Leftover Quilt Blocks

Have you ever had extra blocks you didn’t end up using? They don’t have to go to waste! Of course you can use single blocks to make pillows, but I love incorporating them into a back.

This is also a great solution for using standard width fabric but dividing it with quilt blocks so you don’t have that annoying seam I mentioned earlier.


These butterfly applique quilt blocks were made by my grandma but never finished into a quilt. When she passed, I made the quilt but had a few leftover blocks. I could have added another row to the front, but the quilt was already so big I chose to use them for the back instead. Using the blocks, along with two pieces of standard width red fabric, made the back large enough.


Reminder: You don’t have to divide the back right through the middle with leftover blocks. You can add interest by placing them wherever you choose or however you need to depending on your fabric availability.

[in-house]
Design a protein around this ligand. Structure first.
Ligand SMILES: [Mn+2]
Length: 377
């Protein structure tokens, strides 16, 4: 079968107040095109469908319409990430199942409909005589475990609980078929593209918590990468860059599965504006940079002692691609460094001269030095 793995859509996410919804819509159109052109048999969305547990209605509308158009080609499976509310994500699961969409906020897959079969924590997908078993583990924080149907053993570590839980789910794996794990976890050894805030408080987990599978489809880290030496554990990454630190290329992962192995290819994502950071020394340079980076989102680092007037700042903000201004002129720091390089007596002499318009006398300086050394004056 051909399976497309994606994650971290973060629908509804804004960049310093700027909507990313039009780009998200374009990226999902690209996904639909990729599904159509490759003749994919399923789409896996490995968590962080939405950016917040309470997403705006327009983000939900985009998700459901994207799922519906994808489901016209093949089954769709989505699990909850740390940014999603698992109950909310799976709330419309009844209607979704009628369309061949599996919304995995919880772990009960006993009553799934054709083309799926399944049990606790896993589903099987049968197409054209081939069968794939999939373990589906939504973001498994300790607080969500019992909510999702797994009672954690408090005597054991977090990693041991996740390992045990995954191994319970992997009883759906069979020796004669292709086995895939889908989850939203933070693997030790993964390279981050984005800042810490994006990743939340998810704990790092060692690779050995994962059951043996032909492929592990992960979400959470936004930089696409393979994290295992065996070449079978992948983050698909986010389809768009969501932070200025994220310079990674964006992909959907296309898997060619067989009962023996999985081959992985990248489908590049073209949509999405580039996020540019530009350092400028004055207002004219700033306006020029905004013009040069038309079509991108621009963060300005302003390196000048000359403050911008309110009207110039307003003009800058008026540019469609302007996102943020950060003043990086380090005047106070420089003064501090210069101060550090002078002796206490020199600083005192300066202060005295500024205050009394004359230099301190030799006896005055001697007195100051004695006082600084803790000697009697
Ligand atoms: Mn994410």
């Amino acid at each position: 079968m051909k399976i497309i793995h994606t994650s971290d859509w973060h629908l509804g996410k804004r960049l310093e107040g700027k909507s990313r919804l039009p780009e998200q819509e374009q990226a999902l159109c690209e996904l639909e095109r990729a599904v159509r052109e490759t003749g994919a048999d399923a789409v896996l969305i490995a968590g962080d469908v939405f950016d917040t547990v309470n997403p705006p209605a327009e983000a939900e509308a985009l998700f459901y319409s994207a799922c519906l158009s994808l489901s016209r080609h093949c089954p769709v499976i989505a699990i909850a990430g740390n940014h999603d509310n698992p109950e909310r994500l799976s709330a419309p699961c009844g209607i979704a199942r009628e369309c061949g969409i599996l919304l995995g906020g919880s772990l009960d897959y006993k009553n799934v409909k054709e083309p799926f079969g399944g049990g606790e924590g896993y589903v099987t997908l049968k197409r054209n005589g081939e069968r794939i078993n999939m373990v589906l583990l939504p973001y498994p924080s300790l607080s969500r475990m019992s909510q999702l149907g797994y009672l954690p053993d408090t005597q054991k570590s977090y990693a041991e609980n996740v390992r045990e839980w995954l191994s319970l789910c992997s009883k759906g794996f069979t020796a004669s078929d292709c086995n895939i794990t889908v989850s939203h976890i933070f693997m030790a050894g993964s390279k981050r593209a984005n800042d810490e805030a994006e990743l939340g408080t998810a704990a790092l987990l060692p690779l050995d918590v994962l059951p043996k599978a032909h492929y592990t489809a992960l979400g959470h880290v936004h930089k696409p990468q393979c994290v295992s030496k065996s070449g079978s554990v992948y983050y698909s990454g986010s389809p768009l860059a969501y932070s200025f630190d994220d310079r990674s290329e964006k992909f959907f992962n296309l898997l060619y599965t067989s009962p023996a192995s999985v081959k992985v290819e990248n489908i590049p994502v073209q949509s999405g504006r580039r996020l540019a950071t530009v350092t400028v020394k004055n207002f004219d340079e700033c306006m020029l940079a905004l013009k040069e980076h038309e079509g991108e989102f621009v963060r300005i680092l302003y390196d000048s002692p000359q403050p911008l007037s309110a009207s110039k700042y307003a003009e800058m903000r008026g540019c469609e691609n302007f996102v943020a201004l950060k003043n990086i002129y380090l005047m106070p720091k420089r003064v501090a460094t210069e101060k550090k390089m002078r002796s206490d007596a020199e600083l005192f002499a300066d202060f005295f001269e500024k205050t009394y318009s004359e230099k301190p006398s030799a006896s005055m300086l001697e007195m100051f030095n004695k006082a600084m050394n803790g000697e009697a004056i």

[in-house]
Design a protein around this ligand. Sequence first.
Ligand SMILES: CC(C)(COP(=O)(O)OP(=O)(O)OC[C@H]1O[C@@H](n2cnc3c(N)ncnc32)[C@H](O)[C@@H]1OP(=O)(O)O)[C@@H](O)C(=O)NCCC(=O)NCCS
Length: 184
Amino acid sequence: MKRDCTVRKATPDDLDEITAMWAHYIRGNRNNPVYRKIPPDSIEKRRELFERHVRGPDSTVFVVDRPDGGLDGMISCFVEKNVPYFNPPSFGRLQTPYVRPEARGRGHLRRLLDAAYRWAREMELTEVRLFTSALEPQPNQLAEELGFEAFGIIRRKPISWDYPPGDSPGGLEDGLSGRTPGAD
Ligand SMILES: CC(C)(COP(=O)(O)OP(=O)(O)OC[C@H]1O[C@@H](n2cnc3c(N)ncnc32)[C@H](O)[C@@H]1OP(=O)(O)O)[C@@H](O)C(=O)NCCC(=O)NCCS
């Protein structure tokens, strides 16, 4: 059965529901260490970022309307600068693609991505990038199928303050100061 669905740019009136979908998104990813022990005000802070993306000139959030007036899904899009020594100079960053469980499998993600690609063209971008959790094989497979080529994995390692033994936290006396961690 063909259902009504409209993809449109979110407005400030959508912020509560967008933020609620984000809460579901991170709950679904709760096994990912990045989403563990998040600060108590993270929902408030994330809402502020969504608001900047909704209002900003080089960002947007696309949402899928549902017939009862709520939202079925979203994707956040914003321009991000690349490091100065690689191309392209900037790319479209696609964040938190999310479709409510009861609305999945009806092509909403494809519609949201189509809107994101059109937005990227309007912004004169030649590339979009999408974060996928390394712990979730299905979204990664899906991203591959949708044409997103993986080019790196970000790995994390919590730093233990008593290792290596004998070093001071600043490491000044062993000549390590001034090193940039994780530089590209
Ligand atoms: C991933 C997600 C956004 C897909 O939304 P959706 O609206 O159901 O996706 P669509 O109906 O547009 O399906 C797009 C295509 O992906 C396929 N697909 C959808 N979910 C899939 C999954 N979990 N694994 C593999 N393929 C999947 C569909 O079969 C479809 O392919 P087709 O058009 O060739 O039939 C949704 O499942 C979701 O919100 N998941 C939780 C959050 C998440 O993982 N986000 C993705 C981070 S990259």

This quilt back is a bit chaotic but it’s meant to be! I was gifted these red quilt blocks and I had three leftover after making the quilt top – but not enough to add another row. The front of the quilt is intentionally wonky so I used the leftover blocks to make the back wonky as well.



Piecing scraps of fabric together for a back does take more work but it’ a great way to use larger scraps from your stash. There are no rules for this method. Do whatever you like! I sometimes use leftover fabric from the front as well. I think it’s a good way to give a nod to the front by using what’s left in the back.

IMG_6432IMG_4385-2023MalibuFin1CrosstoTX3WinWlk6Avenues Finished 2IMG_6263IMG_6039IMG_5932009

AB BackIMG_2206


Fabric Blocking

I don’t think fabric blocking is a thing but that’s what I’m calling it. The idea is to intentionally piece – usually two different fabrics – together. Some might say this is simply a scrappy back, and it is, but it’s being more intentional with how you piece your fabric. It’s a more deliberate way to put your quilt back together, if you will.



Put a Strip in It

This is one of my favorite ways to stretch fabric and extend the length of a quilt back. Similar to the leftover quilt block method, adding a strip of fabric between two standard width pieces will usually give you enough length. Make the strip as wide as you need or want and you’re in business.